33 Kuwait Street, Karama
I always admire these apartments whenever I have reason to drive by. The ground floor apartments with their privacy and noise issues show how limited the budget must have been. Still, someone did the best they could to make the building attractive with overhangs and simple shading devices despite little budget for either. The sole decoration is the absence of balconies marking entrances and softening the corners of the building. These absences interrupt the balconies and the roof and parapet above. It’s architectural ornamentation yes, but it’s cost nothing. A+.
Spanning the block, the building has one rear and two front entrances. A central lightwell is crossed by two open passageways, each linking two apartments each end per floor. Apartments in the middle of the building are 2-bedroom apartments and the ones at the ends have a third bedroom filling in the ends of the lightwell. All are dual aspect. Planning for without air conditioning gives very different buildings than planning for with.
20 Khalid Bin Al Waleed Road (Bank Street) Apartments
Walking around the older parts of Dubai such as Bur Dubai and Karama you’ll look down streets and see only a chiaroscuro of balconies, no glass. Infinite variations all do the same.
Much low-rise building still gets built this way. Here’s a street with old one side and new the other. It still works.
The 20 Khalid Bin Al Waleed Road Apartments do the same thing, but with more style.
I’m guessing 16 x 1-bed apartments and four studios off an L-shaped corridor. Like LC at Marseilles, the architect has resisted adding extra additional side windows. What’s curious about this building is the shadow gaps formed by the independently cantelevered balcony structures. It doesn’t look like a simple way to make a balcony and I can’t think of any energy or climatic advantage doing this would produce. [It must become hot in those gaps because they haven’t been colonized by birds.] The curved corners where those horizontal gaps meet the side of the building is the only decorative feature and three of the five sets have been thoughfully placed where we can admire them. Vertical gaps are carried through into the paparapet – a device also present in the previous example. I suspect this is one of those design ideas that made it through because the architect kept quiet about it. Vertical partitions between shared balcony units are recessed to emphasise the shape of the rounded rectangles, and the balustrades are recessed still further for the same reason. Those balustrades are defensive barriers of glazed brick. It’s impossible to tell how old this building is but it’s probably not as old as it seems. The thing is, it will stay this way forever, an unknown and unappreciated modern classic.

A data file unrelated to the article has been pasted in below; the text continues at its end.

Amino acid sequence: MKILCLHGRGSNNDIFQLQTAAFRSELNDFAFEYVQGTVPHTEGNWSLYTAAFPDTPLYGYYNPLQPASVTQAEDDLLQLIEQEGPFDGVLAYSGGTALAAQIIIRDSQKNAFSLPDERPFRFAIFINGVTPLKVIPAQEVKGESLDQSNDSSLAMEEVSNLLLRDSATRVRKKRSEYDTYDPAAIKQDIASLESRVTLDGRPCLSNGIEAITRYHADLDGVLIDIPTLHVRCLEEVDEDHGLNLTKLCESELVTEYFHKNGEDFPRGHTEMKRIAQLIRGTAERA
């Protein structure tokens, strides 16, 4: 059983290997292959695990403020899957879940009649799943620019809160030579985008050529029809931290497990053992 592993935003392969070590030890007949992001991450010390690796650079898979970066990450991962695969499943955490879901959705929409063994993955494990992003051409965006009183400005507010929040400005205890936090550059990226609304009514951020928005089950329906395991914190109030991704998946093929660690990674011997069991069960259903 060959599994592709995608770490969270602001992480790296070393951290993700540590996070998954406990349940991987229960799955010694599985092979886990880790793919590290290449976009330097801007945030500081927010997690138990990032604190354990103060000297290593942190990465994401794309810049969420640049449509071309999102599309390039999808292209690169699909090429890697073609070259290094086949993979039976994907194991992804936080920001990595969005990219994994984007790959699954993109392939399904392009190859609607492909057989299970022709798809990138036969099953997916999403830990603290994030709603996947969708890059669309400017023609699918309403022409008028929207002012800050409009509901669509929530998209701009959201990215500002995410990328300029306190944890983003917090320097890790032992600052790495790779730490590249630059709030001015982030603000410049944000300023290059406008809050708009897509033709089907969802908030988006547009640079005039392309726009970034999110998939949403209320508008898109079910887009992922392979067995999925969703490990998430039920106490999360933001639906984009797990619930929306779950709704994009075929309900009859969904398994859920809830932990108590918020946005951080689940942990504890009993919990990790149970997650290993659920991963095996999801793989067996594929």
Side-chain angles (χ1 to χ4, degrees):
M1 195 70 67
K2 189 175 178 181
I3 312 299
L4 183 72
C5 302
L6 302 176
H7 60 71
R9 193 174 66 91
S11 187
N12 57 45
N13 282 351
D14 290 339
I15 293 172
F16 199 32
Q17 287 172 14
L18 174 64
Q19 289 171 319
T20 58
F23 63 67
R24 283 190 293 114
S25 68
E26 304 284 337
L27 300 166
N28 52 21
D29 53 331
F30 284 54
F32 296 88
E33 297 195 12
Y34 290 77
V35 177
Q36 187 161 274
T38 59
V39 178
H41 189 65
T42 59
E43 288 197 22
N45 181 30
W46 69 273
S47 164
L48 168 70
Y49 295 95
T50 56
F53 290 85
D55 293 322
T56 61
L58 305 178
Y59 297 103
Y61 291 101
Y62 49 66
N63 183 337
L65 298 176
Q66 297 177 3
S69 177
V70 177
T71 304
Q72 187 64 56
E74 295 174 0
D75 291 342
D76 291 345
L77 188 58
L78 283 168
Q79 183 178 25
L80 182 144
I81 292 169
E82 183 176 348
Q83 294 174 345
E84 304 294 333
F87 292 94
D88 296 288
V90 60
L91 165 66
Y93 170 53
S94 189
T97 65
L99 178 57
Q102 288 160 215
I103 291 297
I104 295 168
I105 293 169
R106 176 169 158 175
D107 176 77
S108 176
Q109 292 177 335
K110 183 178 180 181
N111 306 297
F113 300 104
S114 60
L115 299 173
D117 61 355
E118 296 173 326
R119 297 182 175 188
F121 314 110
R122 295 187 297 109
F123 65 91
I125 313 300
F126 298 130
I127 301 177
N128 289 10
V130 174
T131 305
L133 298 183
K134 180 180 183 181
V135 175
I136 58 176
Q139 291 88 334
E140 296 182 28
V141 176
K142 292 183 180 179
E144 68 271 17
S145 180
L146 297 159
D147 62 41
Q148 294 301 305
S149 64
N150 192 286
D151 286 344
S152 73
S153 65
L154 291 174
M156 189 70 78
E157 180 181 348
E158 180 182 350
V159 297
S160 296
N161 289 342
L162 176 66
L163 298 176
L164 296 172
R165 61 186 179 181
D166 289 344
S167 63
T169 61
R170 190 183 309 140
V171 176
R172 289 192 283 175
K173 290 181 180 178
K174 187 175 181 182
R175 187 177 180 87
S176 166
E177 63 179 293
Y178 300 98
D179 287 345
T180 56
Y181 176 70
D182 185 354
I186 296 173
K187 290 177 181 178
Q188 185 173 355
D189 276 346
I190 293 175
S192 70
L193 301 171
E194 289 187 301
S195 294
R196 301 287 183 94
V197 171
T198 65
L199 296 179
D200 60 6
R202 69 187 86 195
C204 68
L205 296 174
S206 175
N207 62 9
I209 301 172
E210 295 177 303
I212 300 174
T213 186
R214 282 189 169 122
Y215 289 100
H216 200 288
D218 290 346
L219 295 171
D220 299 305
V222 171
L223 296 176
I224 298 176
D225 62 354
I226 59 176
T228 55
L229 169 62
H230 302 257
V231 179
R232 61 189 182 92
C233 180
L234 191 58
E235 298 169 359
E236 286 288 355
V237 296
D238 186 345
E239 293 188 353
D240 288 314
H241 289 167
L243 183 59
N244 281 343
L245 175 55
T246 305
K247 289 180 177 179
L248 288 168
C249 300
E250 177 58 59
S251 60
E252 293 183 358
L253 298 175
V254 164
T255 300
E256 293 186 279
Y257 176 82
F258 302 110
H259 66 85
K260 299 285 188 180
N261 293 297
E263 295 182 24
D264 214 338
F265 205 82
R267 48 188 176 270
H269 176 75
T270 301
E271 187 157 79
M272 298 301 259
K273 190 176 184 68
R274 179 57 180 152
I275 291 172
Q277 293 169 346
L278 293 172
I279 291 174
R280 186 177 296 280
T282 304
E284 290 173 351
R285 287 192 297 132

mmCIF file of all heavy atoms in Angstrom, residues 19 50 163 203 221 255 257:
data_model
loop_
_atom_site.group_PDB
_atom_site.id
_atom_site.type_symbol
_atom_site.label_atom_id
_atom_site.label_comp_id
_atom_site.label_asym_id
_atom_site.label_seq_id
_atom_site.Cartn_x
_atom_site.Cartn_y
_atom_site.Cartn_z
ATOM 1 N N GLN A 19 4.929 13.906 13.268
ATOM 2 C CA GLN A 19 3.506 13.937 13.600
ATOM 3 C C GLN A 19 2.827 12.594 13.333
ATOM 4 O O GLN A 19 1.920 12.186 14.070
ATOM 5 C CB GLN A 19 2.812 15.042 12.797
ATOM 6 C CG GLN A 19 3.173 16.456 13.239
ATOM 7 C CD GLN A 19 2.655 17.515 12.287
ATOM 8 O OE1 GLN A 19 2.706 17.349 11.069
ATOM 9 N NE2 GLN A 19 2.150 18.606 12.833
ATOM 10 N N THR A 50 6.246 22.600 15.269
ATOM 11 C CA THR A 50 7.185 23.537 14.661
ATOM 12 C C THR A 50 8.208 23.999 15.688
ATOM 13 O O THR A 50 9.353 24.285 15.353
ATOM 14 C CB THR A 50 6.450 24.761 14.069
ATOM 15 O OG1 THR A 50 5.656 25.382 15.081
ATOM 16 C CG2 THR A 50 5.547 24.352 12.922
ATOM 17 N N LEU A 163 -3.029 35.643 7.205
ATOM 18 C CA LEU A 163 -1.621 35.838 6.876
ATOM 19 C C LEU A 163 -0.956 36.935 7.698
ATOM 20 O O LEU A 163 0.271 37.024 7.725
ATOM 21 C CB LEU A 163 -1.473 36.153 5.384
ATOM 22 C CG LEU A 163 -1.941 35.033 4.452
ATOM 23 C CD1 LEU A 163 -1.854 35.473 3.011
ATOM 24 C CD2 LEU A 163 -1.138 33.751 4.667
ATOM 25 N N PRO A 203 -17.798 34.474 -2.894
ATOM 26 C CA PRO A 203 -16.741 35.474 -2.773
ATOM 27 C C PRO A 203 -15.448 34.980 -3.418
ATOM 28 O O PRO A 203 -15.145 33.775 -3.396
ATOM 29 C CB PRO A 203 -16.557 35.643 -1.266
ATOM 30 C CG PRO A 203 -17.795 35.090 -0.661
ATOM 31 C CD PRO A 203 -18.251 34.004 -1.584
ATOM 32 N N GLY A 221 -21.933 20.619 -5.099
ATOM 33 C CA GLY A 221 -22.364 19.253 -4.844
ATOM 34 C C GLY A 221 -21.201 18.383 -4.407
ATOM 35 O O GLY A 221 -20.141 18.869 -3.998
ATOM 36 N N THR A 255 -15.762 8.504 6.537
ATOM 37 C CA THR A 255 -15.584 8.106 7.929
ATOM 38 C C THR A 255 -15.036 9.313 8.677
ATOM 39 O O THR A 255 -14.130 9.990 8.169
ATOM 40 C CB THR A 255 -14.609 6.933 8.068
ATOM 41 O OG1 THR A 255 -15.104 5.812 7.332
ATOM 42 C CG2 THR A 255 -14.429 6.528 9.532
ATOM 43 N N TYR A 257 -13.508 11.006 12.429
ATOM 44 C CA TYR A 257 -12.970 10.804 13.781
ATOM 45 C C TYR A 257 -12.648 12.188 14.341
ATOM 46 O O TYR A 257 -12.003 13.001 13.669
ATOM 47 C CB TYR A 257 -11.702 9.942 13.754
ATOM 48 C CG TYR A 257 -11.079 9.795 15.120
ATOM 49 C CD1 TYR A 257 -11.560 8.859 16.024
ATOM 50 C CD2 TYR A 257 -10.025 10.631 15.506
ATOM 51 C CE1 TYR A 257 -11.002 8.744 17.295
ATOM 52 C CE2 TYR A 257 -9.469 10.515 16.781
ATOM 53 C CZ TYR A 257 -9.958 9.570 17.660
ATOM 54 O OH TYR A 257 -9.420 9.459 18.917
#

Dubai Petroleum Headquarters
This one’s a gem from 1979 just west of the Toyota Building. It was designed by Palestinian-American architect Victor Hanna Bishara(t) better known for his work masterplanning Disneyland Anaheium, and various buildings around Stamford, Connecticut such as St. John’s Towers and One Stamford Forum. Bishara was also responsible for buildings 1 and 2 at High Ridge Park. [more here]
In 2008 there were plans to demolish this building along with several square kilometers of adjacent development but the financial crisis said no. It’s been suggested the buiding would make an ideal art museum and indeed it would. Its location alone makes it infinitely preferable to some remote cultural district. The building has a skylight-lit internal garden but I have no images.
• • •
All these buildings show design intelligence applied to conditions that haven’t gone away. Those conditions are dealt with efficiently and economically and with varying degrees of elegance. But let’s not get stuck in the past – let’s see what’s in the pipeline and that, at time of writing, looks like it’s going to be the future.